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Two weeks ago I started 2 gallons of hard cider from windfalls - washed and bruises cut out. I pasteurized my own apple juice, kept it below boil. No preservatives. Everything was santitized with Starsan. I used Nottingham yeast (1 gram each bottle) Bubbles never escaped more than one every 10 -15 seconds. The hydrometor tonight reads 1.04. I can't remember what i started with. The room is about 55-60 F.

Tonight I added another 1/5 package yeast (expiry date Jan, 2015- Nottinghams) and another 1/4 cup sugar. the taste is sweet but a bit off - yeasty? vinegary? There is some scuzzy froth at the top. I've heard nottingham is slow (and does okay in a cooler room) but I've moved one jar closer to the wood stove to see what happens. Bubbles are now rising in both about 1 every 5-6 seconds. Cider not clear.

I'm not in a big hurry but I don't want all that juicing for our cider to turn to vinegar! - Any ideas as to how i should monitor this? Thanks!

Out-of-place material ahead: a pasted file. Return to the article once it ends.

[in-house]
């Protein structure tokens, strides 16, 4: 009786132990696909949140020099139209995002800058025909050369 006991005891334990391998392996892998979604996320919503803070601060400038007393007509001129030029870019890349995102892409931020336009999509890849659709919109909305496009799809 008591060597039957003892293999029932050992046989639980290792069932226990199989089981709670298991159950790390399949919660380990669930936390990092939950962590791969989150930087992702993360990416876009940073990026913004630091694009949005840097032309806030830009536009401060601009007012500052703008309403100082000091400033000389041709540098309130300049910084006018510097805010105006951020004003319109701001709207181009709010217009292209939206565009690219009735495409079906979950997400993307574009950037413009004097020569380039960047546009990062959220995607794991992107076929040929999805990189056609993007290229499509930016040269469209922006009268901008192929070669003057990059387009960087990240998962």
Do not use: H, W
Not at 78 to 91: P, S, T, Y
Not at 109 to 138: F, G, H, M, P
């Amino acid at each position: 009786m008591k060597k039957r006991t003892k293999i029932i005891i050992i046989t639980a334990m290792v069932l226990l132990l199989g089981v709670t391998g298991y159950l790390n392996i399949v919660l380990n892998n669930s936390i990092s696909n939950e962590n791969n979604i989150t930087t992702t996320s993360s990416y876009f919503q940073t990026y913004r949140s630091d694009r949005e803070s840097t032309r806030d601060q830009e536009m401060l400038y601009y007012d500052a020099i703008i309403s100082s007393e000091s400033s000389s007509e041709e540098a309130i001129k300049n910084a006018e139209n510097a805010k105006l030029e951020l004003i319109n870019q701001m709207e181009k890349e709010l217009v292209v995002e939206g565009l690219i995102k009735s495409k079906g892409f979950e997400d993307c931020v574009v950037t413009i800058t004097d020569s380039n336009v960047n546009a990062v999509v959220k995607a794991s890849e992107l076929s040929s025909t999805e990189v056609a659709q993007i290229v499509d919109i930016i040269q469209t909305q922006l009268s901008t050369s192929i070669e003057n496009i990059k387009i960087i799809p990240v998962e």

• Tobias's answer is spot on - however, the keyword 'vinegary' here jumps out at me. From experience, any kind of vingeary / off tasting juice after a failed fermentation is dead in the water. – SeanCocteau Nov 4 '14 at 10:27
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I think the initial fermentation failed to start for two reasons. First, you didn't pitch enough yeast. An 11g packet of dry ale yeast is intended to ferment 5 gallons of beer. So your 1 gallon jugs should have each received a little of 2g of yeast. Secondly, the ambient temperature was at the bottom end of the range for that yeast. Cold temperatures lead to a slower start for yeast. The combination of under-pitching and low temperatures was probably sufficient to keep the yeast from kicking off.

Adding more yeast and warming up the juice is the right thing to do. I would have added the entire packet of yeast, as over-pitching is really not a concern here. But since the fermentation seems to be going, 1/5 packet was likely sufficient. Try to keep the fermenting cider at a constant temperature, near to 20C, and let it finish fermenting. Once it's cleared, you can taste it and find out if you made cider or vinegar.

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